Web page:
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The theme of our readings for today – particularly our Gospel reading – is “You choose – one way or another”. The readings are quite challenging and unsympathetic. Jesus is quite matter of fact about saying that it up to us to decide what we do.
Luke 9:51-62 presents four stories in rapid succession. In the first story, Jesus and the disciples are on their way to a Samaritan village. But the villages are not interested in meeting Jesus. The disciples are outraged and want to call down fire from heaven to wipe out the village. They’re really emotionally invested in the villagers being receptive to Jesus’ message and so feel anger that they are not receptive. But Jesus rebukes his disciples, not the villagers, and says they should go off to another village. It is like Jesus shrugs his shoulders or says ‘meh’ or ‘whatever’. His attitude seems to be that they are free to choose whether they want to engage him – free to choose one way or the other.
This gets reinforced with the three very short stories at the end of the chapter about three men, two of whom say they will follow Jesus and one whom Jesus calls. But each has some or other excuse about not following him right away. The reasons are reasonable and valid – a desire for some comfort, the need to bury one’s father or wanting to say goodbye to his family. These are hardly terrible crimes. But Jesus is quite unsympathetic – follow me or don’t follow me – you choose. To the last man, Jesus says, quite harshly, “No one who puts a hand to the plough and looks back is fit for service in the kingdom of God”.
We get a similar attitude, albeit in a different context, in 2 Kings 2:10, where Elisha is preparing to take over Elijah’s ministry. He asks Elijah for a double portion of his spirit. Rather presumptuous and ambitious, remembering that Elijah is arguably the second most important person in the First Testament (after Moses). Elijah’s response has a similar shrug to Jesus. He says, “It will be yours – otherwise, it will not.” This time is less about Elisha’s choice and more about God’s choice, and of course God does choose for Elisha. But there is still this shrug.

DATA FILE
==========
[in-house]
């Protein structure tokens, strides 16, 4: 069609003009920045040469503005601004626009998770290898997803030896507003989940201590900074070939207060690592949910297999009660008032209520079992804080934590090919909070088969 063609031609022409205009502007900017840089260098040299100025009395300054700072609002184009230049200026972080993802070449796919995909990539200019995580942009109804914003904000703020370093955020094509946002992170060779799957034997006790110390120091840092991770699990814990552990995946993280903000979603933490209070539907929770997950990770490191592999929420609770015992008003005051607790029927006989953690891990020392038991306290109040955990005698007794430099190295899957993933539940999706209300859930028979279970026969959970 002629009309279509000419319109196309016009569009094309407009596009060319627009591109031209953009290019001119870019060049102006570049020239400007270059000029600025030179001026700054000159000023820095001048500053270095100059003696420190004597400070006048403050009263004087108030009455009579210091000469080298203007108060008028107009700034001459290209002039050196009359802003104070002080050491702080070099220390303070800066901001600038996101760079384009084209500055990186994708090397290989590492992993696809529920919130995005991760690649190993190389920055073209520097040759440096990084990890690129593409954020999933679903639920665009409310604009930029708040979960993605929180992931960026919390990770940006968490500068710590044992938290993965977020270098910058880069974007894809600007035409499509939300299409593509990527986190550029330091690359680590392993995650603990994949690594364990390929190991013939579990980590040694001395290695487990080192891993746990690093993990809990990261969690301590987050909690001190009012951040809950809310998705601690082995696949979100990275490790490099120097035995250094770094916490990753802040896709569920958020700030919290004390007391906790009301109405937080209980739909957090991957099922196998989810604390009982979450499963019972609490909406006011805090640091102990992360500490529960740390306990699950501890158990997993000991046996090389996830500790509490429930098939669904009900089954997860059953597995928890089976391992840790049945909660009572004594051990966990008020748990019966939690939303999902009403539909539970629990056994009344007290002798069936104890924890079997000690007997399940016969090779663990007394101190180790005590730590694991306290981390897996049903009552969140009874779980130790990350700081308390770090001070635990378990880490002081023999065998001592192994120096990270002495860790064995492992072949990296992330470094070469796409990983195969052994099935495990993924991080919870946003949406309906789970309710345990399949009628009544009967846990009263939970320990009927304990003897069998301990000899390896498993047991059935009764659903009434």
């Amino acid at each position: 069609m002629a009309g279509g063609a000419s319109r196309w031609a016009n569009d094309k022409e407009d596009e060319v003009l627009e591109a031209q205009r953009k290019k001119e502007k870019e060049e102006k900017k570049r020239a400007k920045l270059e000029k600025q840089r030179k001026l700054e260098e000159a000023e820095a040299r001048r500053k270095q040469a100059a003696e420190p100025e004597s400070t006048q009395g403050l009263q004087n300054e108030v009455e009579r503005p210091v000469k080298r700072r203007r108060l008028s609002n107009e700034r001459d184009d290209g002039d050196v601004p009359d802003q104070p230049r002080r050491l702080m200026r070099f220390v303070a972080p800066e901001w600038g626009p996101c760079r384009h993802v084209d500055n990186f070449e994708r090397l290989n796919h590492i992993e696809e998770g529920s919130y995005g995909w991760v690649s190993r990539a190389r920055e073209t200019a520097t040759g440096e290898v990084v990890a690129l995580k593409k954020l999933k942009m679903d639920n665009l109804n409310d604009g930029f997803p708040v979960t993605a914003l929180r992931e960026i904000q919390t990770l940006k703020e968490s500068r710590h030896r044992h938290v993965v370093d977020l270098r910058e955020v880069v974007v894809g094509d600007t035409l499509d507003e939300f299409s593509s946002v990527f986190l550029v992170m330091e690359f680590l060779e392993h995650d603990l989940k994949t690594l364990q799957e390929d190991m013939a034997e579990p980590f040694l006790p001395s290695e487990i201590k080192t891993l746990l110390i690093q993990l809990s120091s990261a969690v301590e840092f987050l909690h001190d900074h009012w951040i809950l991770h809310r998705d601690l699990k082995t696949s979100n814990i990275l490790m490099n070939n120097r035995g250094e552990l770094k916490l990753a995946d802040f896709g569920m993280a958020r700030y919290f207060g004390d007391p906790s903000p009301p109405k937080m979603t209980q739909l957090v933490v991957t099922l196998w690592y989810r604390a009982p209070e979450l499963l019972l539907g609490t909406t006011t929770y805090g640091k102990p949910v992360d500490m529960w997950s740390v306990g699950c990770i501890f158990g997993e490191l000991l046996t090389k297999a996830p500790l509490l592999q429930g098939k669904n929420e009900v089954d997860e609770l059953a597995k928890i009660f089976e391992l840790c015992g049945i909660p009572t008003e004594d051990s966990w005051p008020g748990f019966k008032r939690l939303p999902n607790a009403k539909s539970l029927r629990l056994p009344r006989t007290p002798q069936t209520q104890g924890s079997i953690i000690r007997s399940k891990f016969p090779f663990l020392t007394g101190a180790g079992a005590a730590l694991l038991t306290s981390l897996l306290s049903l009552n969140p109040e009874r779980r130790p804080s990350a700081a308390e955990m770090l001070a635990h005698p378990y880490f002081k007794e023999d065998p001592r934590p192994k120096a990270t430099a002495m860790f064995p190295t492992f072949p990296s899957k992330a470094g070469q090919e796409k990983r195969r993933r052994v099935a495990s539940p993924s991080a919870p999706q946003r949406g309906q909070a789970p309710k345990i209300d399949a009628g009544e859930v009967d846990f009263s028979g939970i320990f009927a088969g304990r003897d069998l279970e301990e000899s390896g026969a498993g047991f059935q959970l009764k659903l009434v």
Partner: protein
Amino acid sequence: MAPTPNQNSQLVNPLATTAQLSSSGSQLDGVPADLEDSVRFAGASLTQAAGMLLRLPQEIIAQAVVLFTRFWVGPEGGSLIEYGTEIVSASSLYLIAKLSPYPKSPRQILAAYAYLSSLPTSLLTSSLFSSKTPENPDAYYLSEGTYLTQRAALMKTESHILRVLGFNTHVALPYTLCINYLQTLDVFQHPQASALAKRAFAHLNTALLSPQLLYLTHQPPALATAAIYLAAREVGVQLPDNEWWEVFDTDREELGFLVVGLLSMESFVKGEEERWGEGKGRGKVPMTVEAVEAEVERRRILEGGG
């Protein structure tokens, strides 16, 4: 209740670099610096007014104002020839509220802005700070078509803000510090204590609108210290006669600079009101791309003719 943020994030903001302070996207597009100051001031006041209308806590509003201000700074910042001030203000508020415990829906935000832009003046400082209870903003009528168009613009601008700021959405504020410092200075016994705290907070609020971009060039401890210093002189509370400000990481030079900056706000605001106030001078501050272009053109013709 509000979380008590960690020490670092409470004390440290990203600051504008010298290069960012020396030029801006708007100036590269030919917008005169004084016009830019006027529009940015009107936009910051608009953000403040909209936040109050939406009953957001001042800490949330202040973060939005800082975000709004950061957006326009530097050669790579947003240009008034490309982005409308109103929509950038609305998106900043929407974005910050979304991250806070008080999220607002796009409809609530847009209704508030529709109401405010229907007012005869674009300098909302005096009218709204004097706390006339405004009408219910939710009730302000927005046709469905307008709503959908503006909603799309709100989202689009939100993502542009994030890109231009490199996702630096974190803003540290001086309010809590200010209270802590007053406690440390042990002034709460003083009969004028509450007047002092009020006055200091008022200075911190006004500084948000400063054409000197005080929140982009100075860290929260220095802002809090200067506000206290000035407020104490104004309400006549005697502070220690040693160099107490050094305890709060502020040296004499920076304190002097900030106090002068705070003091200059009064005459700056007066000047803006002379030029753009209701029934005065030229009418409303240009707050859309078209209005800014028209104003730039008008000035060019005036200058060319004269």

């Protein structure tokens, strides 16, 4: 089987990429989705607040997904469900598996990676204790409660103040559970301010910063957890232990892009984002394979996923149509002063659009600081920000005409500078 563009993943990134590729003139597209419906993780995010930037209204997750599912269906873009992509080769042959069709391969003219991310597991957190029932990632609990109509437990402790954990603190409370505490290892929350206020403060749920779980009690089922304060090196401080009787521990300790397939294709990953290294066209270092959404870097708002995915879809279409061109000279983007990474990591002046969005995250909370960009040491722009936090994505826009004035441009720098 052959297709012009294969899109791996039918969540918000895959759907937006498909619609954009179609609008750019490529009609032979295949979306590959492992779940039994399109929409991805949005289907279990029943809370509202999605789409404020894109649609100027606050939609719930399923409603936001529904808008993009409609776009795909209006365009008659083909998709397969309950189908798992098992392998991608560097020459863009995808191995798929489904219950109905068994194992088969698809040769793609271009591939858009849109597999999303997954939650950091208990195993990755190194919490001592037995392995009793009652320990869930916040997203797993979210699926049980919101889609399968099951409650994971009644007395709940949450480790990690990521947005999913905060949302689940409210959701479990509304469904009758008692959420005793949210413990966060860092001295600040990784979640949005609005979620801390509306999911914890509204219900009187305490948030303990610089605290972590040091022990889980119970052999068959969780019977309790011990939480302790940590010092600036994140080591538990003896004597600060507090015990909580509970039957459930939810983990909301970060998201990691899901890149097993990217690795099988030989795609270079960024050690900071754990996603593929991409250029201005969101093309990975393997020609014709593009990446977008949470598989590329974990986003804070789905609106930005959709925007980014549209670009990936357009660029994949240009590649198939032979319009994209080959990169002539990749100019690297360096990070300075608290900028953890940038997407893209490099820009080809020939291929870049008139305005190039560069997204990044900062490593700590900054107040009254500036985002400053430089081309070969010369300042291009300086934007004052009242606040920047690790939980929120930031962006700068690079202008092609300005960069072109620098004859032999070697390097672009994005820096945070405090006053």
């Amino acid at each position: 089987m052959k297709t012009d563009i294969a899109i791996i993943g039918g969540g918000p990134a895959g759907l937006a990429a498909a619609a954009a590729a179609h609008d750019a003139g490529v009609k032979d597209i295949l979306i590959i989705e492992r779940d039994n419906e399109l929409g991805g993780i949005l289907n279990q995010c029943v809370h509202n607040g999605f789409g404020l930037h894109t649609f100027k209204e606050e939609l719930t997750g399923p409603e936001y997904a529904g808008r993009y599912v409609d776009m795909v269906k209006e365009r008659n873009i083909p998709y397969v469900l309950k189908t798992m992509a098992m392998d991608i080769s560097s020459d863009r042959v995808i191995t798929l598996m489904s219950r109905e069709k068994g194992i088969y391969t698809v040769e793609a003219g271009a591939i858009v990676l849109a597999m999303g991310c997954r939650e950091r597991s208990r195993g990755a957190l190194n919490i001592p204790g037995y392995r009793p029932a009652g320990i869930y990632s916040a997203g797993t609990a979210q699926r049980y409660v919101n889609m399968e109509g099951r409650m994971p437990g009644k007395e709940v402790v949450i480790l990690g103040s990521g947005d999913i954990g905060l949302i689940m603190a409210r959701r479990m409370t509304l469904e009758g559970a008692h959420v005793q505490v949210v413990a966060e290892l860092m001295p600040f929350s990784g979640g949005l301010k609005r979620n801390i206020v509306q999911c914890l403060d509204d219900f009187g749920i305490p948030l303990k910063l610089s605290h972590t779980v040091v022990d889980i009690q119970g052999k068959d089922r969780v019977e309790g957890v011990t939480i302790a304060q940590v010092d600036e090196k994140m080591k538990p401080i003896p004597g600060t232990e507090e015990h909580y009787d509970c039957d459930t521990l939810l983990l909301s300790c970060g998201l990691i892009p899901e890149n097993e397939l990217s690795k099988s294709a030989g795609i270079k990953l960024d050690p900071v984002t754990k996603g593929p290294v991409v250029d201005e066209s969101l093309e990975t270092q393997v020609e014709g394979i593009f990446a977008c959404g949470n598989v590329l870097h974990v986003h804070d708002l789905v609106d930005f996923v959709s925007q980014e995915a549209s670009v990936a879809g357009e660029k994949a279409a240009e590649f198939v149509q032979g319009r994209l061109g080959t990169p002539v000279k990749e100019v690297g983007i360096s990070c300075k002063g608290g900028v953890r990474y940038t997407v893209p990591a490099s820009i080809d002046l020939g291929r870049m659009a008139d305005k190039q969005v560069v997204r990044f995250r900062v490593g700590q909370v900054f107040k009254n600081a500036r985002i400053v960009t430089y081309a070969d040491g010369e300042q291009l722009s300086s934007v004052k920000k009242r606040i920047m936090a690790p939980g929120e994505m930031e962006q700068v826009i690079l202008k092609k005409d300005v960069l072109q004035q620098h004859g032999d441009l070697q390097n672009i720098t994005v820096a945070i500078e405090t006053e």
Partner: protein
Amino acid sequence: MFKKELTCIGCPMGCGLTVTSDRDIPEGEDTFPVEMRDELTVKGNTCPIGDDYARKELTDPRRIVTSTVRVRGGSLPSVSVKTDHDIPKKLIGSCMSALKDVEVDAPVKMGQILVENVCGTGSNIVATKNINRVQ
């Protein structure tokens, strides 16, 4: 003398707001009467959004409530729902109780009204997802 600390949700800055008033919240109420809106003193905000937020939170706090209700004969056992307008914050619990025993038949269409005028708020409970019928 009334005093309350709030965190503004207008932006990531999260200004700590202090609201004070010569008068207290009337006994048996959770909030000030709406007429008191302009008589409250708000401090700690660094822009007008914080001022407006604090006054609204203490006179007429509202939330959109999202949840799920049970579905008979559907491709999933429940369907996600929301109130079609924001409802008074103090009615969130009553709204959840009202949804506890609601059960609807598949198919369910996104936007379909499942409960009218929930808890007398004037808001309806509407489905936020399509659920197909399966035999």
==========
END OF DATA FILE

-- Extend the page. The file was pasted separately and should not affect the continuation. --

When we get to our third reading in Galatians 5, we get a softer response from Paul about these choices we’re called to make. Paul is more invested in trying to persuade us of the importance of following Christ. He exhorts us: “do not let yourself be enslaved” (v1); “So I say, live by the Spirit” (v16) and “Let us keep in step with the Spirit” (v25). And he provides some warnings about the consequences of not following Christ: “If you bite and devour each other, watch out or you will be destroyed by each other” (v15) and “I warn you, that those who live like this will not inherit the kingdom of God” (v21). And then he goes still further by listing for us the “acts of the flesh” (vv19-21) (sins that distance us from God), which he says are “obvious”, and the “fruit of the Spirit” (vv22-23) (behaviours and values that align us with God).
God is not begging us to follow him. He does not pressure us. He does not force us. Rather, God presents himself to us – here I am, I am God, I am the Son – and invites us to choose – one way or the other. We get to choose. And we mostly know what God wants for us. We mostly know God’s values, ethics and love. And we mostly know what God does not desire. We just have to choose whether we follow in God’s way or we don’t. It’s up to us to choose.
It is thus striking the extent to which we persist in doing the things God tells us not to do and to not do the things God wants us to do. This often plays out most strongly in our relationships with our loved ones.
The worst thing that can happen to us with God is not God’s wrath – at least then God is engaged with us. The worst thing is when God just moves on. That Samaritan village had such a remarkable opportunity to meet God in the flesh – and they said “no thanks”. And Jesus said, “cool” and moved on to the next village. How terrible it would be for us to have all these opportunities to know about God and to know God, and to throw it away because we repeatedly choose not to follow his path, but rather our own. We really owe it to ourselves to look critically and carefully at our behaviour and values, and interrogate to what extent they are aligned with God’s. Let us choose God, choose life.